Not surprisingly, the majority of ABA proponents are making a lot of money by stealing the childhood of Autistic children. 40 hours/week of drills, plus homework, the children don’t experience their own personal development.
This is considered abuse, if done to non-autistics. And then we have to hear that WE cost too much money.
Wrong: ABA therapists cost too much money. Take them out of our lives, let Autistic children be children. Let Autistics develop in our own time, learning about ourselves, learning self-determination.
I can hear the apologists:
My ABA is not like that.
If you bill ABA prices, if you want to change how an Autistic acts, reacts, or interacts with the world, and your ideal model is a neurotypical type of behavior, your ABA is as bad as I described it.
My child loves it.
How would you know, if she is not allowed to have her own thoughts? The word “no”, or refusal to comply with the therapist’s commands, are not allowed.
Another reason is that children do learn to fake in order to please. That is, after all, what ABA defines as success: obedient pleasers. It is not enjoyment, pleasant or something to look forward to.
Yes, some children might show enjoyment in some moments, but I did too, when I got my cookie for looking at the therapist. I wanted that cookie, I briefly looked at her, I got my wish. You could say that, at that moment, I “loved it”.
It is not as bad as you think.
Yes it is. Putting children through unending hours of training, not allowing them to be who they are, forcing an experience of the world we Autistics can never naturally have, and stating how not good enough we are to everyone else is pretty bad. It is abusive. It is disrespectful.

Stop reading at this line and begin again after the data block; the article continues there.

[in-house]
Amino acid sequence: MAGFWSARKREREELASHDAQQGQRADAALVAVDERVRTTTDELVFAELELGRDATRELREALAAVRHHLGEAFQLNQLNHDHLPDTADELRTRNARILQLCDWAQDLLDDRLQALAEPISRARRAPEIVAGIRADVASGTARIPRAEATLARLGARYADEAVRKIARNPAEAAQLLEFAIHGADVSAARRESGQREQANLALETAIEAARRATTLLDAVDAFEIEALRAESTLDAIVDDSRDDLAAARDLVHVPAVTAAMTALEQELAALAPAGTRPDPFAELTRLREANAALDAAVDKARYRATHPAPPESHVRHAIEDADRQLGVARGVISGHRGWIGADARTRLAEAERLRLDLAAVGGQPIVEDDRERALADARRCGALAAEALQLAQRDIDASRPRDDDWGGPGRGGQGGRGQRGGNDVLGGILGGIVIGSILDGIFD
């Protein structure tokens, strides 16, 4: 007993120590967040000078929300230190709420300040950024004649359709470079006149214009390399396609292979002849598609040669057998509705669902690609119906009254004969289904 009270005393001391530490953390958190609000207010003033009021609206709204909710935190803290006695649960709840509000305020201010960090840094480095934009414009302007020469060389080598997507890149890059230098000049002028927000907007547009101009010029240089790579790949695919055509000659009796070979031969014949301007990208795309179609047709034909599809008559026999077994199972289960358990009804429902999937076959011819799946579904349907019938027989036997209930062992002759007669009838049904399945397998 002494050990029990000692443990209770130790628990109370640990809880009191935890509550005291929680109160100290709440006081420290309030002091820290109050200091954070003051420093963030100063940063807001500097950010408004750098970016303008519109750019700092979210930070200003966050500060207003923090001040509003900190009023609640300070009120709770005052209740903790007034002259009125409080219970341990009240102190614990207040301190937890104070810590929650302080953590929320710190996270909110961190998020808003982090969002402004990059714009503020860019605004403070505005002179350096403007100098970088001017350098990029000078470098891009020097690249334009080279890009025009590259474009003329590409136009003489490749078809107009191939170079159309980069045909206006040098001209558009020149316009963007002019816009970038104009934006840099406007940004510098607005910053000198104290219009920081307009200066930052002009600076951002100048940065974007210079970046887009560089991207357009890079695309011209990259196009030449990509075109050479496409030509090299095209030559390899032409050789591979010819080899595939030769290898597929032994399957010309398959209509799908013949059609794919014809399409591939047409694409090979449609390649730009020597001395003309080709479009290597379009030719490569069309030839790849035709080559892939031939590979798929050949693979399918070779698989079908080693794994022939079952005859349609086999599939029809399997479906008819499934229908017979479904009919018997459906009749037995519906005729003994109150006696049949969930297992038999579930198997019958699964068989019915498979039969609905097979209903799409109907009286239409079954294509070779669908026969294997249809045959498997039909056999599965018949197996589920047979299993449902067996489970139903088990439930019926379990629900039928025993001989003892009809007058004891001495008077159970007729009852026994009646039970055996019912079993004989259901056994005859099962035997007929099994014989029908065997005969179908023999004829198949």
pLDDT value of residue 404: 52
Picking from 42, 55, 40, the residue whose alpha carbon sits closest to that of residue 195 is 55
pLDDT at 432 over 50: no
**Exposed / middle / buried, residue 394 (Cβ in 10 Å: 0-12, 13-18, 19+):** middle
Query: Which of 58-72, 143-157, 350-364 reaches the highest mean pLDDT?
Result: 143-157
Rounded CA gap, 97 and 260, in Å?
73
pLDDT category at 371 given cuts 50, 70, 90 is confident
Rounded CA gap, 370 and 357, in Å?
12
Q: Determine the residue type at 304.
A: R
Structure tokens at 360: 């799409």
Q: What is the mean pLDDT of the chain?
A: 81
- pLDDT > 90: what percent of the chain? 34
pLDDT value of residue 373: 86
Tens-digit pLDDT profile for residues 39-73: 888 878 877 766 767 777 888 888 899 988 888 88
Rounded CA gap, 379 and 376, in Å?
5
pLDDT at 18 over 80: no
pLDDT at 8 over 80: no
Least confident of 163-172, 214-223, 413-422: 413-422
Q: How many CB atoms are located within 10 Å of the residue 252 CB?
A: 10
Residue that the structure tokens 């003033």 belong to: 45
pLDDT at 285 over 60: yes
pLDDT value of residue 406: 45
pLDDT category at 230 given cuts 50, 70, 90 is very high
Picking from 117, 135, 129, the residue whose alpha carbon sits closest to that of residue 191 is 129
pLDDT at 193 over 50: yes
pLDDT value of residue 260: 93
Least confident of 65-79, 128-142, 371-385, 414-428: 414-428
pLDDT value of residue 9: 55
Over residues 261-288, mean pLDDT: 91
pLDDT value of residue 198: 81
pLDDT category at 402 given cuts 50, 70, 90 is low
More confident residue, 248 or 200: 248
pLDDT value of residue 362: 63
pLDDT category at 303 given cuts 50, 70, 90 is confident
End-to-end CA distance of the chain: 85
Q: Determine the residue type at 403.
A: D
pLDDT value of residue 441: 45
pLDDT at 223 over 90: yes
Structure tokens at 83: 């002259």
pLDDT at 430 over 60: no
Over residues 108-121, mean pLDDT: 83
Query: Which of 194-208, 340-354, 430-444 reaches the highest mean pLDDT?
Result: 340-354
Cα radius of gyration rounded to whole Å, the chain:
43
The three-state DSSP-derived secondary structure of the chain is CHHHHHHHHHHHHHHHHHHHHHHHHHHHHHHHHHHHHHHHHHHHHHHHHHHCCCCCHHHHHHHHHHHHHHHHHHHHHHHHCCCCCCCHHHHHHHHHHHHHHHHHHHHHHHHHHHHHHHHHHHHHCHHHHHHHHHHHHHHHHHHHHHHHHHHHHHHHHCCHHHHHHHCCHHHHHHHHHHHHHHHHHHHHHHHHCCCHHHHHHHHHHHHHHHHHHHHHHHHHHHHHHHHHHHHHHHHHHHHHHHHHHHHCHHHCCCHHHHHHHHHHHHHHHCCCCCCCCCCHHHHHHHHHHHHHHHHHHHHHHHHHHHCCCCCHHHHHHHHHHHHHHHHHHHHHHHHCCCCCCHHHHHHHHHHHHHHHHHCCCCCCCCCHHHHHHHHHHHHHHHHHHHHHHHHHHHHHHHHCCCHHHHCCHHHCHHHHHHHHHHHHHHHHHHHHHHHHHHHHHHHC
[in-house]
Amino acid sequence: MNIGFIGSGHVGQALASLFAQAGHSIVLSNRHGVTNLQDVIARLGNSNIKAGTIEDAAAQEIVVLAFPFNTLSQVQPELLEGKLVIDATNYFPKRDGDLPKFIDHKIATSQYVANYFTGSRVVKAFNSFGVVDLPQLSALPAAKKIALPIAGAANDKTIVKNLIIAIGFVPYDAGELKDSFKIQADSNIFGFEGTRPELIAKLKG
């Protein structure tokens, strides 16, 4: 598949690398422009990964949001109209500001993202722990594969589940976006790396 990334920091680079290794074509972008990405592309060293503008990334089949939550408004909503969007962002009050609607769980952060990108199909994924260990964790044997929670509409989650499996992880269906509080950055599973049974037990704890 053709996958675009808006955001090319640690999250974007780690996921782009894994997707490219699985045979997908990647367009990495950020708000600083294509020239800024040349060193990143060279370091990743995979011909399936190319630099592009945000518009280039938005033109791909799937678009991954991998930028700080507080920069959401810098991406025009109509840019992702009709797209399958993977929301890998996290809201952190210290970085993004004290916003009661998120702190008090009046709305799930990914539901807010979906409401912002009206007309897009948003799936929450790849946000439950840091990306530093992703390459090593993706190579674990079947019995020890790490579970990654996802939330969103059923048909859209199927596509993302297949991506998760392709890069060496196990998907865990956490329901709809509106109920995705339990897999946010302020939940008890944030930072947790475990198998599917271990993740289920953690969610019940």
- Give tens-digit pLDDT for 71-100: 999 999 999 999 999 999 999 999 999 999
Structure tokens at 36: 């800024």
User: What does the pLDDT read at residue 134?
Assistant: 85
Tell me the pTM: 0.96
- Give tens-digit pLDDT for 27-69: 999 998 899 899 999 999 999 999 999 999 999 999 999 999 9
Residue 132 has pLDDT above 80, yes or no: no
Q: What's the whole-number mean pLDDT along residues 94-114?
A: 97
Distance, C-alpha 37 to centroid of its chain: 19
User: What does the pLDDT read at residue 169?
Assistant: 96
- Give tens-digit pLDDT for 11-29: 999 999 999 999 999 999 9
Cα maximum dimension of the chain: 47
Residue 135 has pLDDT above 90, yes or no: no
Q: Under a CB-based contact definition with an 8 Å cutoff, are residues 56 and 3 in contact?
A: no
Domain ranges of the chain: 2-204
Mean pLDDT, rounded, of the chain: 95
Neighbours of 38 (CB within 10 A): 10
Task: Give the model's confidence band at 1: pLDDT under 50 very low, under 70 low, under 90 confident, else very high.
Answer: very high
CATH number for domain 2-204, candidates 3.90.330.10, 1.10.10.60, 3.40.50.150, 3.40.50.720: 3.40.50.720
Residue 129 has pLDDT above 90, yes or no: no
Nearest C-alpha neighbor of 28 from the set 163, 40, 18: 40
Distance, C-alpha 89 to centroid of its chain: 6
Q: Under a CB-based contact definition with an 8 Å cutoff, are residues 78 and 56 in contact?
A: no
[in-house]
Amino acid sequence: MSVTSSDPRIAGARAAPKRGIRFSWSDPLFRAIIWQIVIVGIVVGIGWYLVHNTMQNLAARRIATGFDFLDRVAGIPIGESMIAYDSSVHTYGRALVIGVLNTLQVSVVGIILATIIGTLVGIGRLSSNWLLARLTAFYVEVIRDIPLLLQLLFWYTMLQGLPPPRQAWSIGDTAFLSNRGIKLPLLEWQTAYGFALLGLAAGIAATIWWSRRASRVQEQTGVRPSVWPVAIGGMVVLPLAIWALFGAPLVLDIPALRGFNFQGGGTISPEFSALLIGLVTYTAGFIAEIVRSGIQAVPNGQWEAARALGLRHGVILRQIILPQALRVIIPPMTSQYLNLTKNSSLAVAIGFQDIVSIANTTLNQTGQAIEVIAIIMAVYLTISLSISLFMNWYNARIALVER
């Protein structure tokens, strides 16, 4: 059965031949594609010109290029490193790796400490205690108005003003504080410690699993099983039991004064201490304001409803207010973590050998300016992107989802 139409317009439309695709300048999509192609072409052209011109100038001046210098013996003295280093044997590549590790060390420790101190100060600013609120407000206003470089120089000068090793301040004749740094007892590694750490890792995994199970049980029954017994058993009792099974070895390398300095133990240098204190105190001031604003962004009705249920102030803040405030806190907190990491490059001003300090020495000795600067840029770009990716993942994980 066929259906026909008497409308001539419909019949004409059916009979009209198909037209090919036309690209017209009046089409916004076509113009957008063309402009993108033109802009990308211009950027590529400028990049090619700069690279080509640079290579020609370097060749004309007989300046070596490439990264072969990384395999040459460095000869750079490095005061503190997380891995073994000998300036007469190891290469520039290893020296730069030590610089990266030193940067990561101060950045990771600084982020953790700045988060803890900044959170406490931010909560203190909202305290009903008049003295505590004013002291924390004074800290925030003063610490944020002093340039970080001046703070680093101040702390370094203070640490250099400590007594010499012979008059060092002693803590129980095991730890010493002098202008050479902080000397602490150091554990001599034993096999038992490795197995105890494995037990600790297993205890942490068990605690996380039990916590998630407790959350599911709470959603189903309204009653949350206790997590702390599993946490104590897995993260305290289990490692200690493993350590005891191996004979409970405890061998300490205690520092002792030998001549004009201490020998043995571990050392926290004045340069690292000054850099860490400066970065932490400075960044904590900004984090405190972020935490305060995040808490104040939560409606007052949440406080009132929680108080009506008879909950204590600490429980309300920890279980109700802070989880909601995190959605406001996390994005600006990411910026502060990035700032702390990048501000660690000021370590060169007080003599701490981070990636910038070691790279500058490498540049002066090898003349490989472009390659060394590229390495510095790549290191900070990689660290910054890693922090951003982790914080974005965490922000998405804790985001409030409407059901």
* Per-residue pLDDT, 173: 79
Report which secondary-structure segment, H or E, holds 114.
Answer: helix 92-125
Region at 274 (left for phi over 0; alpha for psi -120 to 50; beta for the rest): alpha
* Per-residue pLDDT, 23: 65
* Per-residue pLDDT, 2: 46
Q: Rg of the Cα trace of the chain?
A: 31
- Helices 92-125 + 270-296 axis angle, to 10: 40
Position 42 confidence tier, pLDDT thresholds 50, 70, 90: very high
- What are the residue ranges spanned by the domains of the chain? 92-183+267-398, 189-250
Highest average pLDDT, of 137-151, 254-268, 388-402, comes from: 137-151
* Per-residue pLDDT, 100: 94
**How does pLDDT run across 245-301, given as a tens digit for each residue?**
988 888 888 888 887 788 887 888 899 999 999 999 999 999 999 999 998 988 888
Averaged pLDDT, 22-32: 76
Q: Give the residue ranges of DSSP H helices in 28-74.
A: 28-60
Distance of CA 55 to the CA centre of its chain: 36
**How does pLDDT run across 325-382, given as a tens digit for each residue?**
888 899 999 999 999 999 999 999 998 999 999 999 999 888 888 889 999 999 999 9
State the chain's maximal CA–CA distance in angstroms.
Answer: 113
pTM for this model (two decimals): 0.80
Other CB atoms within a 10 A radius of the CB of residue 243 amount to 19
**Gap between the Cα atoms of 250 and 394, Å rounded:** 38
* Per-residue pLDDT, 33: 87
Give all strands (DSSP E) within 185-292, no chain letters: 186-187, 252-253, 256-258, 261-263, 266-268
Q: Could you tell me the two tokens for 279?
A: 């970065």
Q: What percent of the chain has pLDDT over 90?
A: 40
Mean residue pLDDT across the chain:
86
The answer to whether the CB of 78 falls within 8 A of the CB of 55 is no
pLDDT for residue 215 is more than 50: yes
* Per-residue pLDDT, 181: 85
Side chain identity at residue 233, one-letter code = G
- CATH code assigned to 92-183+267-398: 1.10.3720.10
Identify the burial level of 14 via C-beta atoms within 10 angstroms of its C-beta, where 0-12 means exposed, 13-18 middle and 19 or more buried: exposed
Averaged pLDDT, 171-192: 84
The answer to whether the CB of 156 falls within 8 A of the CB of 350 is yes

Autistic children need to learn certain skills.
All children do. Respectful approaches don’t cause trauma and value our essence. It does not imply we are broken.
All children make mistakes and they have a chance to learn, they are kindly guided and taught. But to ABA proponents, Autistic children (and Autistic adults) are not allowed to err, or they are forever labeled a failure, or abused until they “get it right”.
I had some ABA when I was young, and I “flunked”. I want to say, I am proud of this “F” in my life.
Of course, the “experts” explanation for having failed to make me into a “tidy”, “appropriate”, “good girl”, obedient and compliant Autistic was my severe impairment, my extreme low IQ, my inability to learn or, as Lovaas would probably have said (and something a doctor actually said), my lack of human dignity.
I prefer my own assessment: if you want something from me, if you want me to do something, respect who I am, respect my way of doing things, listen to me and allow me to disagree and to find my own way.
ABA rejects all of this and that’s why I failed it.
I am, though, a very disabled Autistic who needs a lot of support, but who is completely independent in what I believe matters most: my thinking, my ideas, my decisions, my identity.
I am completely distinguishable from my peers, and proudly so.
I am free to say “no” when I see fit. And I do.
About the Author, Amy Sequenzia.